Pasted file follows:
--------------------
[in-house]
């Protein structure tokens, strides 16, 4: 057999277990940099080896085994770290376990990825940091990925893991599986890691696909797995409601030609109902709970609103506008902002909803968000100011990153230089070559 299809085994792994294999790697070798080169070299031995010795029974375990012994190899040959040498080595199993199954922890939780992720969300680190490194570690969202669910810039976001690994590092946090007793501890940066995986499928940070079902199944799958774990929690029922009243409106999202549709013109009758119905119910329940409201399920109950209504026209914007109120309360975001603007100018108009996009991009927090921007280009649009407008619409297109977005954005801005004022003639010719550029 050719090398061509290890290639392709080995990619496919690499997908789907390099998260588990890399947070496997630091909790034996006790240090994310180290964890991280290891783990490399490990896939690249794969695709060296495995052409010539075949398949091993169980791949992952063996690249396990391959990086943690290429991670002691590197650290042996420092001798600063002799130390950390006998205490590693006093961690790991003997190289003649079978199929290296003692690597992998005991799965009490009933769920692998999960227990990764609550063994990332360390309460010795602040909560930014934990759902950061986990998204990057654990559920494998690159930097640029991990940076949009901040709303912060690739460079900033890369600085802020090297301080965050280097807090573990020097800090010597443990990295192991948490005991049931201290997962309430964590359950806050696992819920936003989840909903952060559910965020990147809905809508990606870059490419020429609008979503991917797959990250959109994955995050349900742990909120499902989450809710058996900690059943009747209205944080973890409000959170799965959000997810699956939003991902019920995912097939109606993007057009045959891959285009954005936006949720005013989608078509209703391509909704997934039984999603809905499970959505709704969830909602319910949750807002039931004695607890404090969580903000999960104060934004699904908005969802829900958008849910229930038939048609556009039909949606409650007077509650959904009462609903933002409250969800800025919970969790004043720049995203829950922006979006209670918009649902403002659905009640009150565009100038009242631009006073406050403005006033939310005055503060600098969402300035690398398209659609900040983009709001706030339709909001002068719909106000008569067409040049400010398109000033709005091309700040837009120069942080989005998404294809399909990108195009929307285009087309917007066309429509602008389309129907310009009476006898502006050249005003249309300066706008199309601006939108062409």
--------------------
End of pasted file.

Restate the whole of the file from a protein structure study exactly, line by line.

[in-house]
């Protein structure tokens, strides 16, 4: 057999277990940099080896085994770290376990990825940091990925893991599986890691696909797995409601030609109902709970609103506008902002909803968000100011990153230089070559 299809085994792994294999790697070798080169070299031995010795029974375990012994190899040959040498080595199993199954922890939780992720969300680190490194570690969202669910810039976001690994590092946090007793501890940066995986499928940070079902199944799958774990929690029922009243409106999202549709013109009758119905119910329940409201399920109950209504026209914007109120309360975001603007100018108009996009991009927090921007280009649009407008619409297109977005954005801005004022003639010719550029 050719090398061509290890290639392709080995990619496919690499997908789907390099998260588990890399947070496997630091909790034996006790240090994310180290964890991280290891783990490399490990896939690249794969695709060296495995052409010539075949398949091993169980791949992952063996690249396990391959990086943690290429991670002691590197650290042996420092001798600063002799130390950390006998205490590693006093961690790991003997190289003649079978199929290296003692690597992998005991799965009490009933769920692998999960227990990764609550063994990332360390309460010795602040909560930014934990759902950061986990998204990057654990559920494998690159930097640029991990940076949009901040709303912060690739460079900033890369600085802020090297301080965050280097807090573990020097800090010597443990990295192991948490005991049931201290997962309430964590359950806050696992819920936003989840909903952060559910965020990147809905809508990606870059490419020429609008979503991917797959990250959109994955995050349900742990909120499902989450809710058996900690059943009747209205944080973890409000959170799965959000997810699956939003991902019920995912097939109606993007057009045959891959285009954005936006949720005013989608078509209703391509909704997934039984999603809905499970959505709704969830909602319910949750807002039931004695607890404090969580903000999960104060934004699904908005969802829900958008849910229930038939048609556009039909949606409650007077509650959904009462609903933002409250969800800025919970969790004043720049995203829950922006979006209670918009649902403002659905009640009150565009100038009242631009006073406050403005006033939310005055503060600098969402300035690398398209659609900040983009709001706030339709909001002068719909106000008569067409040049400010398109000033709005091309700040837009120069942080989005998404294809399909990108195009929307285009087309917007066309429509602008389309129907310009009476006898502006050249005003249309300066706008199309601006939108062409």